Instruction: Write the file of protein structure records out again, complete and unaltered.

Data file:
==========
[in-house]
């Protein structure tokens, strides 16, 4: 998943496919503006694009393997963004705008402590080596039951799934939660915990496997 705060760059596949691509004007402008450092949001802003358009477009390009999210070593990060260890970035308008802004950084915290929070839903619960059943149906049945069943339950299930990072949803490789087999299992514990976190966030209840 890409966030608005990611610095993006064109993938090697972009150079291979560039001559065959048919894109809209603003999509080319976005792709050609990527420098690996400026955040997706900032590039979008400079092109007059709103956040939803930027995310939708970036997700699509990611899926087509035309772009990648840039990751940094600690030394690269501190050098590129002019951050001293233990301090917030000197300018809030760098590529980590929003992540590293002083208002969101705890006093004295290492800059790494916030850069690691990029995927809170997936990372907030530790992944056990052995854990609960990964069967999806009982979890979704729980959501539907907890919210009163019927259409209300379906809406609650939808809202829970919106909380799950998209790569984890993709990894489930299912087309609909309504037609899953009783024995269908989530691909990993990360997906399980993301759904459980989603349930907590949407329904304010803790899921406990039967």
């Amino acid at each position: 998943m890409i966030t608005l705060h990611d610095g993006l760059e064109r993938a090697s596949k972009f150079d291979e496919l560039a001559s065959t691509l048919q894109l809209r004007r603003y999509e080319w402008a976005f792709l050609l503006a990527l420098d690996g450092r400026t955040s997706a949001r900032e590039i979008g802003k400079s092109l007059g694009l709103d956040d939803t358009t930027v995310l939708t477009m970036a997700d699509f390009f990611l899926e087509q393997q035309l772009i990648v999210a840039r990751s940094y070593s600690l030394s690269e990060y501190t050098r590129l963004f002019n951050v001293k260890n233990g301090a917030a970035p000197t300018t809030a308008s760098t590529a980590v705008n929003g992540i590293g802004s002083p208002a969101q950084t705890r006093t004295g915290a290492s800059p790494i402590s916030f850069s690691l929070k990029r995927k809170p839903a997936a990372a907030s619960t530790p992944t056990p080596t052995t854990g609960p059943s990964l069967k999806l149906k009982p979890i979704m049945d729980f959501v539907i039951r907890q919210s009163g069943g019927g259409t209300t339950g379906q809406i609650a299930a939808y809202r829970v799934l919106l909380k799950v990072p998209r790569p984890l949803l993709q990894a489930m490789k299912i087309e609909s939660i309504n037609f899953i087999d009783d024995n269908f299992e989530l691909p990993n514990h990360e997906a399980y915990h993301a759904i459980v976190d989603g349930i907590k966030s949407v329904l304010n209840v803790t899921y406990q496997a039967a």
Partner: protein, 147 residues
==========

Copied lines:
[in-house]
């Protein structure tokens, strides 16, 4: 998943496919503006694009393997963004705008402590080596039951799934939660915990496997 705060760059596949691509004007402008450092949001802003358009477009390009999210070593990060260890970035308008802004950084915290929070839903619960059943149906049945069943339950299930990072949803490789087999299992514990976190966030209840 890409966030608005990611610095993006064109993938090697972009150079291979560039001559065959048919894109809209603003999509080319976005792709050609990527420098690996400026955040997706900032590039979008400079092109007059709103956040939803930027995310939708970036997700699509990611899926087509035309772009990648840039990751940094600690030394690269501190050098590129002019951050001293233990301090917030000197300018809030760098590529980590929003992540590293002083208002969101705890006093004295290492800059790494916030850069690691990029995927809170997936990372907030530790992944056990052995854990609960990964069967999806009982979890979704729980959501539907907890919210009163019927259409209300379906809406609650939808809202829970919106909380799950998209790569984890993709990894489930299912087309609909309504037609899953009783024995269908989530691909990993990360997906399980993301759904459980989603349930907590949407329904304010803790899921406990039967």
């Amino acid at each position: 998943m890409i966030t608005l705060h990611d610095g993006l760059e064109r993938a090697s596949k972009f150079d291979e496919l560039a001559s065959t691509l048919q894109l809209r004007r603003y999509e080319w402008a976005f792709l050609l503006a990527l420098d690996g450092r400026t955040s997706a949001r900032e590039i979008g802003k400079s092109l007059g694009l709103d956040d939803t358009t930027v995310l939708t477009m970036a997700d699509f390009f990611l899926e087509q393997q035309l772009i990648v999210a840039r990751s940094y070593s600690l030394s690269e990060y501190t050098r590129l963004f002019n951050v001293k260890n233990g301090a917030a970035p000197t300018t809030a308008s760098t590529a980590v705008n929003g992540i590293g802004s002083p208002a969101q950084t705890r006093t004295g915290a290492s800059p790494i402590s916030f850069s690691l929070k990029r995927k809170p839903a997936a990372a907030s619960t530790p992944t056990p080596t052995t854990g609960p059943s990964l069967k999806l149906k009982p979890i979704m049945d729980f959501v539907i039951r907890q919210s009163g069943g019927g259409t209300t339950g379906q809406i609650a299930a939808y809202r829970v799934l919106l909380k799950v990072p998209r790569p984890l949803l993709q990894a489930m490789k299912i087309e609909s939660i309504n037609f899953i087999d009783d024995n269908f299992e989530l691909p990993n514990h990360e997906a399980y915990h993301a759904i459980v976190d989603g349930i907590k966030s949407v329904l304010n209840v803790t899921y406990q496997a039967a």
Partner: protein, 147 residues